Unravelling the history of tuberculosis one bone at a time

BioTechniques News
Aisha Al-Janabi

Researchers uncover ancient transmission chains of tuberculosis, by analyzing the DNA of humans excavated from archaeological sites across Colombia. 

Although tuberculosis is one of the biggest infection-related causes of death worldwide, its evolutionary history is yet to be fully understood. A team from the  Max Planck Institute for Evolutionary Anthropology (Leipzig, Germany), and Arizona State University (AZ, USA), have found clues in the ancient DNA of individuals showing signs of skeletal tuberculosis.  

A study in 2014 discovered that the likely origin of tuberculosis in Peru was from marine mammals, such as seals and sea lions, finding that the bacterium went on to infect humans living in coastal areas prior to European colonization.  

This was confirmed by the researchers of the current study, who also identified three new ancient pre-contact era South American tuberculosis genomes by analyzing the DNA of humans who lived away from the coast, including two sites in the highlands of the Colombian Andes. Using archaeological evidence and stable isotope data, they further determined that those living inland did not come into contact with marine mammals.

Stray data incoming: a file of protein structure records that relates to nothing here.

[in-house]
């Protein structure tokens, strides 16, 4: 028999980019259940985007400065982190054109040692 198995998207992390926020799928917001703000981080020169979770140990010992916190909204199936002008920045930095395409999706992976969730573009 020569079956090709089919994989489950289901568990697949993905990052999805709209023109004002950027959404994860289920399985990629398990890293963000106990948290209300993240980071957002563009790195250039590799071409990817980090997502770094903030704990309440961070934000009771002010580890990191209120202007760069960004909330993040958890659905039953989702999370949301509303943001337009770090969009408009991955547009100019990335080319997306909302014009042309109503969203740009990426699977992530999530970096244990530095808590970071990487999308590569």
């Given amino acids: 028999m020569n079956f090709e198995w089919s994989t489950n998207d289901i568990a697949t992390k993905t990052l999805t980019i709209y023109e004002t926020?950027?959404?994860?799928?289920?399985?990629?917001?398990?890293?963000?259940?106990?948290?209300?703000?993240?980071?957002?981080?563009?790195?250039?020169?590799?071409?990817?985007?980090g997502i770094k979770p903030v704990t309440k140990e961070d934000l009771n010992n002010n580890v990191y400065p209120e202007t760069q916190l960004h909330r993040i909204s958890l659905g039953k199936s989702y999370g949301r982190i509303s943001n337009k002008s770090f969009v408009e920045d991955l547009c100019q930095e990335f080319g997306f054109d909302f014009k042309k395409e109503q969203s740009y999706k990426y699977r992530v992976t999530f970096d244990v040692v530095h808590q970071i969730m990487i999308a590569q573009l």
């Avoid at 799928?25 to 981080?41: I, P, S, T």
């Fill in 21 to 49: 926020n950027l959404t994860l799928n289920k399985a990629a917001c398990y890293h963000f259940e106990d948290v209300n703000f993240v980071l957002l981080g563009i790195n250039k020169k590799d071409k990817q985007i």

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“All of these new three ancient tuberculosis genomes resemble M. pinnipedii – the same tuberculosis variant found in the ancient coastal Peruvian individuals and in modern-day seals and sea lions,” explained Tanvi Honap, the co-lead of the study. 

Importantly, these findings suggest that the infections were caused by the bacterium “jumping” species across long distances, as opposed to direct transmission from marine mammals. 

“Colombia has a wide variety of terrestrial mammals, so M. pinnipedii could have been brought inland via the animal life,” Honap commented. “Or in a more likely scenario, it could have been brought inland via human-to-human transmission facilitated by trade routes, or a combination of both!” 

The scientists view this discovery as a starting point for deeper learning about the ecology of the disease prior to European colonization. 

Anne Stone, a co-author of the study, concluded: “It’s an exciting time in ancient DNA research, as we can now look at genome-level differences in these ancient pathogens and track their movements across continents and beyond.” 

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